Neuroscience has the potential to improve education


Neuroscience has the potential to improve education, but its use in the classroom must be based on robust evidence, according to the Wellcome Trust and the Education Endowment Foundation (EEF).

The two organisations have launched Education and Neuroscience, a £6 million fund for collaborations between educators and neuroscientists to develop and evaluate the effectiveness of neuroscience-based educational interventions.

Research conducted by the Wellcome Trust found that many teachers were optimistic about the ability of neuroscience to improve teaching practice over the next decade, but wanted interventions to be evidence-based rather than simply yet another strategy imposed upon schools.

It also found a number of different approaches and interventions currently in use. For example, many teachers say they are currently influenced by the idea of learning styles, i.e. that different students learn best when materials are presented in different ways. In the past, this has led to learners being labelled as, for example, ‘visual learners’, and having content delivered primarily visually, an approach which may actually be harmful to learning. Some teachers also use commercially-developed interventions which claim to be based on neuroscience despite no systematic testing of such products.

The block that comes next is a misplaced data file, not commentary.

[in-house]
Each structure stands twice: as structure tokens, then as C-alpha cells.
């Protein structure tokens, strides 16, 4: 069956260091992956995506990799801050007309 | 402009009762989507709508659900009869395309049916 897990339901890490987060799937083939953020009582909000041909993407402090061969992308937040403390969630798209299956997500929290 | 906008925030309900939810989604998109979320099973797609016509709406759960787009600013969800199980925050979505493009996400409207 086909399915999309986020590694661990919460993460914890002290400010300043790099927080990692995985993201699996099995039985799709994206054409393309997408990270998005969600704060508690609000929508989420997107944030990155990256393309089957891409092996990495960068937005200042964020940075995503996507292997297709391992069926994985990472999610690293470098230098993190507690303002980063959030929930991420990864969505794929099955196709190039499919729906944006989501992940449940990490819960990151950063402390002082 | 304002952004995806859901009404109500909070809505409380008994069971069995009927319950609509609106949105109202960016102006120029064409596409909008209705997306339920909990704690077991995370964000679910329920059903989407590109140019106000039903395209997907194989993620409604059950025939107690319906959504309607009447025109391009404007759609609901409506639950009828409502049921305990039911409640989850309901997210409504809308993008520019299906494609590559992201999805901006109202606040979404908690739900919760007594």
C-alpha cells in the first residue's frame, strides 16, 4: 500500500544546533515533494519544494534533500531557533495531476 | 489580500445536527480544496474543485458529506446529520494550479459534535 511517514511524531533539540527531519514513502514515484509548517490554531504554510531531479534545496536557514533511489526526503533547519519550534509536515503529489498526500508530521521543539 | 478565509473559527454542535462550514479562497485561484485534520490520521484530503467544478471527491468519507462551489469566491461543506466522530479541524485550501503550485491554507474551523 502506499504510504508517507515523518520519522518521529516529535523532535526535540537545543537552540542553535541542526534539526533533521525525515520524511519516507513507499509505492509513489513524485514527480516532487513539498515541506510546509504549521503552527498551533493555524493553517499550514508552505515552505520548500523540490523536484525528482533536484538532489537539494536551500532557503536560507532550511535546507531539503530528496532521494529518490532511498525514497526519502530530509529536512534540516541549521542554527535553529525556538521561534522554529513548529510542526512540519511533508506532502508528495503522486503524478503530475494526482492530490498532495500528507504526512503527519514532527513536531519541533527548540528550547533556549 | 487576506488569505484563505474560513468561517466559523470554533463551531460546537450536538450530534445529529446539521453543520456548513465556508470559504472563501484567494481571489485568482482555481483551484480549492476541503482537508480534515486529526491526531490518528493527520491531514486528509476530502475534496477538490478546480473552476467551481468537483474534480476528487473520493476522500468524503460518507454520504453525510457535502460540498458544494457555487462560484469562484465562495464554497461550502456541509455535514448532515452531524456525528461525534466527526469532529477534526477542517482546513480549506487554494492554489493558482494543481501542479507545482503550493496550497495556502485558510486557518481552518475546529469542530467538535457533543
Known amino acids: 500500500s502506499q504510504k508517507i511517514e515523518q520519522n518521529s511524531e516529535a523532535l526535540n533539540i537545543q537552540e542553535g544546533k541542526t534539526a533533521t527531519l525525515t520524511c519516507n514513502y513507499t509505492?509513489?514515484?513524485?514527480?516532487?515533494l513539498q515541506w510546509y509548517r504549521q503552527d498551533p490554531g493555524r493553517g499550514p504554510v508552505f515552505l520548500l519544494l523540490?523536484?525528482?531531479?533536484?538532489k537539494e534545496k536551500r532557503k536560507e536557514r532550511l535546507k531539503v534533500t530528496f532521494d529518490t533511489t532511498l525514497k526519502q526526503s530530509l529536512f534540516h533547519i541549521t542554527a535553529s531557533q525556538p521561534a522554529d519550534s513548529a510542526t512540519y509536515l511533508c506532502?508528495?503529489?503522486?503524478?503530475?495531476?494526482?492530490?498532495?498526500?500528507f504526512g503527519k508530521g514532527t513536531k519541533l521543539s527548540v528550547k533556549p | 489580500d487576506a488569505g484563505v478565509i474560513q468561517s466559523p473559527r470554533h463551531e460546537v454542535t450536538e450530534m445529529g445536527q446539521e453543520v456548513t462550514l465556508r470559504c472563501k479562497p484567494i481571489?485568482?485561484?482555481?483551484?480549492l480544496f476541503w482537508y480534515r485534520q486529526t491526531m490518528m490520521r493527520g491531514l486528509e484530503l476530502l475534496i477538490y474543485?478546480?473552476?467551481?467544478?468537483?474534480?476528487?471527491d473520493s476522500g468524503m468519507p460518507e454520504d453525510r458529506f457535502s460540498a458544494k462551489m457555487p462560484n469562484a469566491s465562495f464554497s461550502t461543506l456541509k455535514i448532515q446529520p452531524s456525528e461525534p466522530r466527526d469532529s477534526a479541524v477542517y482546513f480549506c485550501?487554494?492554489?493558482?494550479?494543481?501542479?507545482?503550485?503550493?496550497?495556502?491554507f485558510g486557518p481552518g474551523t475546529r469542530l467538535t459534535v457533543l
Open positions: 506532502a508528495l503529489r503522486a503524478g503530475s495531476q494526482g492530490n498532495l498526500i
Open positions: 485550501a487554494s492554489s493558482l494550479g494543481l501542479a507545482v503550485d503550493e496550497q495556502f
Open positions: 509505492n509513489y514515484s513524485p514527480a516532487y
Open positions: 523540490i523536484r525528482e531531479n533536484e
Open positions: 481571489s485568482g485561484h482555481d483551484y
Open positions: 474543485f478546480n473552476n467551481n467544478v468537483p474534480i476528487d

Sir Peter Lampl, Chair of the Education Endowment Foundation and the Sutton Trust, said: “Improving our understanding of how the brain works will deepen our understanding of how pupils learn. Knowing the impact of neuroscience in the classroom will also make it easier to spot the plausible sounding fads and fakes, which don’t improve standards. This is essential if we are to increase the attainment of pupils, particularly those from low-income families.”

One such investigation that Dr Hilary Leevers, Head of Education and Learning at the Wellcome Trust,  hopes will come out of the fund is based on the idea that you can improve the state of brain arousal and activity to improve readiness to learn. This technique, known as ‘biofeedback’, is currently only used by 1 per cent of the 1,200 teachers who took part in the two surveys last year.

“You can train people quite efficiently by giving them a visualisation of their level of brain activity,” said Dr Leevers. “This has yet to be trialled across different groups of children, or at scale, but there have been positive elements of its impact, particularly in groups of students with attention problems.”

The two organisations are making available £6 million for research projects in which neuroscientists and educators collaborate to develop evidence-based interventions for use in the classroom and to test in a robust and rigorous manner existing tools or practices.

Examples of projects might include systematically testing the impact of different school start times or lengths of lessons or investigating the impact of listening to music in lessons.

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